Proposals for 20-minute papers and for panels are now invited. Papers may be given in English or French. Topics may include, but are not limited to:

The significance of les gueules cassées in the history of the First World War

The social history of facial injury

Disfigurement and social reintegration

Perceptions of facial difference

Charities and facial difference

Rethinking facial difference in the international context

Franco-British exchanges in the surgical field

Assessing the history of facial surgery

From facial reconstruction to the first face transplant

Literary representations of disfigurement

First World War literature and the face

Art, surgery and the face

Responses to disfigurement in the visual arts

The Slade school and the First World War

Theorising facial difference

Pedagogical contexts


Deadline for abstracts: 

Please send an abstract (300 words maximum) and a short biography (50 words maximum) to by 1st December 2014


1914FACES2014 / Saving Faces, Hannah’s at Seale Hayne

The 1914FACES2014 / Saving Faces exhibition, curated by Cristina Burke-Trees, opened on 5th June 2014 in the Chapel Gallery, Hannah’s at Seale Hayne.

The exhibition features work by Paddy Hartley, artist in residence, including a uniform sculpture based on the life story of Walter Yeo. Yeo was badly burned at the battle of Jutland in WWI and Paddy’s sculpture refers both to Yeo’s wartime experiences and the pioneering facial surgery he underwent after returning home.

The SAVING FACES art project, meanwhile, presents us with a unique opportunity to study the present-day collaboration between the maxillofacial surgeon Professor Iain Hutchison (St Bartholomew’s) and the acclaimed Glaswegian portrait painter Mark Gilbert.

Iain Hutchison established the Saving Faces project in 1999, funded by a small legacy following the death of his mother, Dr. Martha Redlich. Painter Mark Gilbert took up the offer to work within the surgical department of St Bartholomew’s and soon started painting the portraits of patients before and after (and occasionally during) facial surgery. At the outset it was hoped that the project would illustrate, in a form that was accessible to the general public, what is possible with modern facial surgery, and show that people with facial disability are able to enjoy happy, successful and fulfilled lives. Iain also wanted to give an artist the opportunity to paint these unique faces as they progressed through their surgical and emotional journey. Finally he felt that sitting for and seeing their portraits might have a cathartic effect, allowing the patients to come to terms more rapidly with their altered appearance.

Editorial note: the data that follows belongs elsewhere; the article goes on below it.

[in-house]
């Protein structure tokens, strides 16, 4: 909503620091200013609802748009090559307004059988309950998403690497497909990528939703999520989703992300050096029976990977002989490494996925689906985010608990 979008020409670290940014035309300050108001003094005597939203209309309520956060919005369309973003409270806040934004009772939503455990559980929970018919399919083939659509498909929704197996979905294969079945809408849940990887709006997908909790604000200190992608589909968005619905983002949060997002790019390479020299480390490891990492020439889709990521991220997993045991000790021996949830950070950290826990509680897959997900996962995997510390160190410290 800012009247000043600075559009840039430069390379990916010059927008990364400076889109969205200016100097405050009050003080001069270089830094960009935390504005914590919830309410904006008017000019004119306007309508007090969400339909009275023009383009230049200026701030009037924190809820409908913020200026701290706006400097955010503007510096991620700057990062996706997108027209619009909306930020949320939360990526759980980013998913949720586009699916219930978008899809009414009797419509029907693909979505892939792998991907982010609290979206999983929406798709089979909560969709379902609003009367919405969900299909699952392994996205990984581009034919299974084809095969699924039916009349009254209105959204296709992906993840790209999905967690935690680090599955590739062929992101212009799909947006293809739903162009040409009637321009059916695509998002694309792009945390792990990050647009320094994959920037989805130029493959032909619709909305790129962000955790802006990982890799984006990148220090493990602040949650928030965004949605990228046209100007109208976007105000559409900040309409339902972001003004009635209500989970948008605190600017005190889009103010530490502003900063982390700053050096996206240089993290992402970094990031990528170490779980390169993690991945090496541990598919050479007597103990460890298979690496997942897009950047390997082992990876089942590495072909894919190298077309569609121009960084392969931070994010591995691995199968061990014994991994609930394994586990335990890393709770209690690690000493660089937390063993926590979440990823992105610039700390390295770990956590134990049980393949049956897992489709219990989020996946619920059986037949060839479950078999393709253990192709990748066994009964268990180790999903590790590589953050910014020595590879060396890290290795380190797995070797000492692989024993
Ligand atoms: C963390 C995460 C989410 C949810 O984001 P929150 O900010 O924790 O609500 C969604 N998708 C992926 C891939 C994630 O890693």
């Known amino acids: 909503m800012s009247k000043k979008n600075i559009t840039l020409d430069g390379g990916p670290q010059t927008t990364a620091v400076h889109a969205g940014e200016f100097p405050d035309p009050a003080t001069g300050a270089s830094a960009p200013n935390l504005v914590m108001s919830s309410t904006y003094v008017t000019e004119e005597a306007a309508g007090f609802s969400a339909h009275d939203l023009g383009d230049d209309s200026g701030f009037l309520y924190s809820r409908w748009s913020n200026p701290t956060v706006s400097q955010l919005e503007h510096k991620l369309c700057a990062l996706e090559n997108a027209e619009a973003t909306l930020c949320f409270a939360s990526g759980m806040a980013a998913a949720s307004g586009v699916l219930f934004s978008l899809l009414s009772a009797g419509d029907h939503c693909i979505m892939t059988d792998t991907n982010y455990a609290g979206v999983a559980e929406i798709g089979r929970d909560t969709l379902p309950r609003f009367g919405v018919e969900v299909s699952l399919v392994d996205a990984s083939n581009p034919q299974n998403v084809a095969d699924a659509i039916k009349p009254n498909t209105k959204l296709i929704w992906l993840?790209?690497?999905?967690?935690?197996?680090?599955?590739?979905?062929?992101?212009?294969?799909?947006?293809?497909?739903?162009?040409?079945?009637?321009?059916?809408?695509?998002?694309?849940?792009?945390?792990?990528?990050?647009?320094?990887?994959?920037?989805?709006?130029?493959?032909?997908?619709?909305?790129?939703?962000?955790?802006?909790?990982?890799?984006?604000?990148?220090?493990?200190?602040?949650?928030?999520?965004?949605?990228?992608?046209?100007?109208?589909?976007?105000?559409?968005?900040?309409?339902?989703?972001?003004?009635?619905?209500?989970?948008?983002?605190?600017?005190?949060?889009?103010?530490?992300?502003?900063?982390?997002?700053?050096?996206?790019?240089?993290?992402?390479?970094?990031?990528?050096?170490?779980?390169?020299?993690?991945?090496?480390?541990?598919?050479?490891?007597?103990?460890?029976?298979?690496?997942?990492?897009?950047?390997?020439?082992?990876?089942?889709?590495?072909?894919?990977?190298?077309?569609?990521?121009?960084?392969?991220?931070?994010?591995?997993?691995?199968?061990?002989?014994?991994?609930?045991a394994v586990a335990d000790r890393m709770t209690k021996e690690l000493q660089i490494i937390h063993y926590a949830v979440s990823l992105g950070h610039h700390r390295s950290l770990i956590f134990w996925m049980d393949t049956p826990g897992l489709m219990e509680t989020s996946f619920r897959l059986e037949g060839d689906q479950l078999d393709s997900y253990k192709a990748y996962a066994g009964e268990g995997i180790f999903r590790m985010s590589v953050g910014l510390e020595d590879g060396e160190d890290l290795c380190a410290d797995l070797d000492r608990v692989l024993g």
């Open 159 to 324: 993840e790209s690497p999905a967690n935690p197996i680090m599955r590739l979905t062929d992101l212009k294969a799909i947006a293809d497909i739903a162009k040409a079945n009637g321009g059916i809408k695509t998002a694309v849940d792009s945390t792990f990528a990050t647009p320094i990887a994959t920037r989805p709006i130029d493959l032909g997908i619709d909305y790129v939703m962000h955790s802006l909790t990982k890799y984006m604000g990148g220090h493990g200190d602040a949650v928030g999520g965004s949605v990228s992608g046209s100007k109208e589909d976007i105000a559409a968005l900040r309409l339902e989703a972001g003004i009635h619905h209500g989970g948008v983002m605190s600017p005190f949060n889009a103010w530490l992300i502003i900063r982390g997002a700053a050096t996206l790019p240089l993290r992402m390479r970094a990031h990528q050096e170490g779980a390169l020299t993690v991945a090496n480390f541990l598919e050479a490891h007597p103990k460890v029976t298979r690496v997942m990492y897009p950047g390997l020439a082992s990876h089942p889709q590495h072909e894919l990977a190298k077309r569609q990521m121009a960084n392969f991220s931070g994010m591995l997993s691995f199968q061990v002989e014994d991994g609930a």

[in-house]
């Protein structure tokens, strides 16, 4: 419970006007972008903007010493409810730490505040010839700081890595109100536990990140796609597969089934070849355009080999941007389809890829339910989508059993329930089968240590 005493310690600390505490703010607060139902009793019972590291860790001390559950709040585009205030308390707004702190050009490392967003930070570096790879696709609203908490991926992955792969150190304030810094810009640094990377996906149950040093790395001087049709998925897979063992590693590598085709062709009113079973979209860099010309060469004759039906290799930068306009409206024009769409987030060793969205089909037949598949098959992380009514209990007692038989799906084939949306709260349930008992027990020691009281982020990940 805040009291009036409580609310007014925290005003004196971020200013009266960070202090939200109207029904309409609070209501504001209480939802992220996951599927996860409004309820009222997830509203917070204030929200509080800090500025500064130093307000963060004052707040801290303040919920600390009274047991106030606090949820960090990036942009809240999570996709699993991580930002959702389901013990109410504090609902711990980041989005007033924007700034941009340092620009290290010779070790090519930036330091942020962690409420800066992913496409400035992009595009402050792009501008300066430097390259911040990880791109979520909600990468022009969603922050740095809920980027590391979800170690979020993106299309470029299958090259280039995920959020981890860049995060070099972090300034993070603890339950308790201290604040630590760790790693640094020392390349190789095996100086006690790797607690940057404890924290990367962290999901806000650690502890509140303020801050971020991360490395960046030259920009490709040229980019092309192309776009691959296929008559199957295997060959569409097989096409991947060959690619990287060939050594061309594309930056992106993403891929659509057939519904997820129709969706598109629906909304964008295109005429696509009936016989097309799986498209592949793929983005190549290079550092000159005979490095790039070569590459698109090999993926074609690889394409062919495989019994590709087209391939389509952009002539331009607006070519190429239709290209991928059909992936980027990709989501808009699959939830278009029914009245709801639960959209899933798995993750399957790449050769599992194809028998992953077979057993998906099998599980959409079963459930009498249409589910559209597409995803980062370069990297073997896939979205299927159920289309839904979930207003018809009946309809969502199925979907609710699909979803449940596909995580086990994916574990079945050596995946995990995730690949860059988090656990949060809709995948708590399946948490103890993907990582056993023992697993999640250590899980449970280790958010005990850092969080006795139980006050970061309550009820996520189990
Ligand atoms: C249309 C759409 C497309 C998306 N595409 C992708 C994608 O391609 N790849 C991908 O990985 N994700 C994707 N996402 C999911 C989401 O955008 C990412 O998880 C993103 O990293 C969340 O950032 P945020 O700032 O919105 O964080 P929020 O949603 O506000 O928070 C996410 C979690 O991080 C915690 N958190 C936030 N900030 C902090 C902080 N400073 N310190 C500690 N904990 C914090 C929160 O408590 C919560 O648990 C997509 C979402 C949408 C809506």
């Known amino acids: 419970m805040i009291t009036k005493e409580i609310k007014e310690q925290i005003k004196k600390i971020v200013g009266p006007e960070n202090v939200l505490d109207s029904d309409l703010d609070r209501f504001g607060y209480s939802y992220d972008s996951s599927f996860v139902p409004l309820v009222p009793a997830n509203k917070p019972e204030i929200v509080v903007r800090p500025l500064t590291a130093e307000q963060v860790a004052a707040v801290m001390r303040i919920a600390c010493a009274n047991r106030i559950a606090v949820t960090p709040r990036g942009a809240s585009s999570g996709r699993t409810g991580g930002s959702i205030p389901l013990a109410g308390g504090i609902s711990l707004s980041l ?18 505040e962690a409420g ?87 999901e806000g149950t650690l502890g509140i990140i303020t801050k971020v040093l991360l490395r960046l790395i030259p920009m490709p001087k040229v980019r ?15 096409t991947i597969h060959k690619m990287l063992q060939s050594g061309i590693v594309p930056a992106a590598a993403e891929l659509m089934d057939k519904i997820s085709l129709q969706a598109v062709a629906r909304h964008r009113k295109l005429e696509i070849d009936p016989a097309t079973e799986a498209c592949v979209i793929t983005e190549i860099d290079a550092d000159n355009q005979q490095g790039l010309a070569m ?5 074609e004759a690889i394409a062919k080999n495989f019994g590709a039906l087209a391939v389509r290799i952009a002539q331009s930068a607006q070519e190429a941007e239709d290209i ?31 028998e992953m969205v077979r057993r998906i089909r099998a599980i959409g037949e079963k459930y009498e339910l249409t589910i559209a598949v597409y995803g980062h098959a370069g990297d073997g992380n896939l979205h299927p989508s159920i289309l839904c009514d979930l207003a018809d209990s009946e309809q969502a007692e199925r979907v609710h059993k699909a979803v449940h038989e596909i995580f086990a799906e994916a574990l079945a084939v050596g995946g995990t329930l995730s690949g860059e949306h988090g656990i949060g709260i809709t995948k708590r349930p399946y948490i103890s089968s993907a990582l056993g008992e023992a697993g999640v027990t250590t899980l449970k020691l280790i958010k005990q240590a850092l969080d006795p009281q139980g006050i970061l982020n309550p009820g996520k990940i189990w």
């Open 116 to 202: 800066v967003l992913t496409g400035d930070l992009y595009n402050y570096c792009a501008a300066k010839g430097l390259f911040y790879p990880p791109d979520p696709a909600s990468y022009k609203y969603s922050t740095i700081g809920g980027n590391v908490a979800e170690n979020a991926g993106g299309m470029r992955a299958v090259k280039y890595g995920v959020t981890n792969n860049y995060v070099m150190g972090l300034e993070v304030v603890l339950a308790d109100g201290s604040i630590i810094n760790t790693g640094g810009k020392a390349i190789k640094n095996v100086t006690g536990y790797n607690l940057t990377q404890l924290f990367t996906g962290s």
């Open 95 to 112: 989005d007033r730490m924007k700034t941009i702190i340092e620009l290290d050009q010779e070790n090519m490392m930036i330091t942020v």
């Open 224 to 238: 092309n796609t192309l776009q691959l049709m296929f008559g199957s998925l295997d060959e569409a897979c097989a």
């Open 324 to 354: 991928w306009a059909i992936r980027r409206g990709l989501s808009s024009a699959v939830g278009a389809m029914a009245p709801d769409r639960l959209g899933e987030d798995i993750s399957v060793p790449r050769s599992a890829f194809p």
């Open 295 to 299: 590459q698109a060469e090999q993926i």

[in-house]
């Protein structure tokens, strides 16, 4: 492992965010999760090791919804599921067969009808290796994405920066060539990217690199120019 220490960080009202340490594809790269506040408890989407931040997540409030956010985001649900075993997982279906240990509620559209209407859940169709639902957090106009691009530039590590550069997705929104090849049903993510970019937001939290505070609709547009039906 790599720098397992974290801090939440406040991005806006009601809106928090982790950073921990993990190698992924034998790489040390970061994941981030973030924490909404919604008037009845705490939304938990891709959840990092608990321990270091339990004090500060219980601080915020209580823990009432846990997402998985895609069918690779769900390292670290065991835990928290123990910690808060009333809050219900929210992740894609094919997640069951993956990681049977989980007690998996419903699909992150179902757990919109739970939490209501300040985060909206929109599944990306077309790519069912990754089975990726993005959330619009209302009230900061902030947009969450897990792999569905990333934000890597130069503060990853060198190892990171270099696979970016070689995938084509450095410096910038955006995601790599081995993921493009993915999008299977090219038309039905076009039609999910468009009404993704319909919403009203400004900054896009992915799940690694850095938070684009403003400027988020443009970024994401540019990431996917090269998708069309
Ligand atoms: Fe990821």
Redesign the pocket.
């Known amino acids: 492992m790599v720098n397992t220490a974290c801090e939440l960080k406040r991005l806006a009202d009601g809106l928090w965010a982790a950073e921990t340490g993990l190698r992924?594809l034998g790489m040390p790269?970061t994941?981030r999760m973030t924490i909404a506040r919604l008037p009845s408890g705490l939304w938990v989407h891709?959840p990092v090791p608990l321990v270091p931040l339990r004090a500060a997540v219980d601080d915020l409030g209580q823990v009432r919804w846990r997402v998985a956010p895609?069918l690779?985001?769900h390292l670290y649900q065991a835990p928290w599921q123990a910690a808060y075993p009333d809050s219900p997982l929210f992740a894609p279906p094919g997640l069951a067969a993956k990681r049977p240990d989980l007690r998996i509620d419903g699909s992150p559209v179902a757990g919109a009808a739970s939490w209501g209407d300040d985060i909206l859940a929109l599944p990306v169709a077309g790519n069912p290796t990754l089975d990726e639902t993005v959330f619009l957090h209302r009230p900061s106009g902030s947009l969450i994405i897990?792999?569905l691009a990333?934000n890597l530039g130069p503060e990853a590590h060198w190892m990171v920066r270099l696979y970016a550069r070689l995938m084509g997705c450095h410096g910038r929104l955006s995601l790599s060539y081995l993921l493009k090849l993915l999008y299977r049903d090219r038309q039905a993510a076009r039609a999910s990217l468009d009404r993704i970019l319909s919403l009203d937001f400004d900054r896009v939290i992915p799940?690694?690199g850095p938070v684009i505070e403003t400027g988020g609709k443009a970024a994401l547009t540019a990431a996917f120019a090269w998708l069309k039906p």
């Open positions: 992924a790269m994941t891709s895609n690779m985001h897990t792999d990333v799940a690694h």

Our presentation of the Saving Faces exhibition is part of the enquiry into questions of social reintegration which we are conducting within 1914FACES2014. On 16th June, we put the exhibition into dialogue with a workshop on Facial difference and social (re)integration. The Psychology sub-project of 1914FACES2014 considers the factors that affect social relationships between people with visible facial difference (VFD) and those without this difference, and these will be discussed by researchers in Social Psychology and other experts including Professor Hutchison. In its concern with social reintegration and rehabilitation, this event draws upon the rich history of Hannah’s at Seale Hayne, including its brief spell as a military hospital for soldiers returning from the trenches with shell-shock.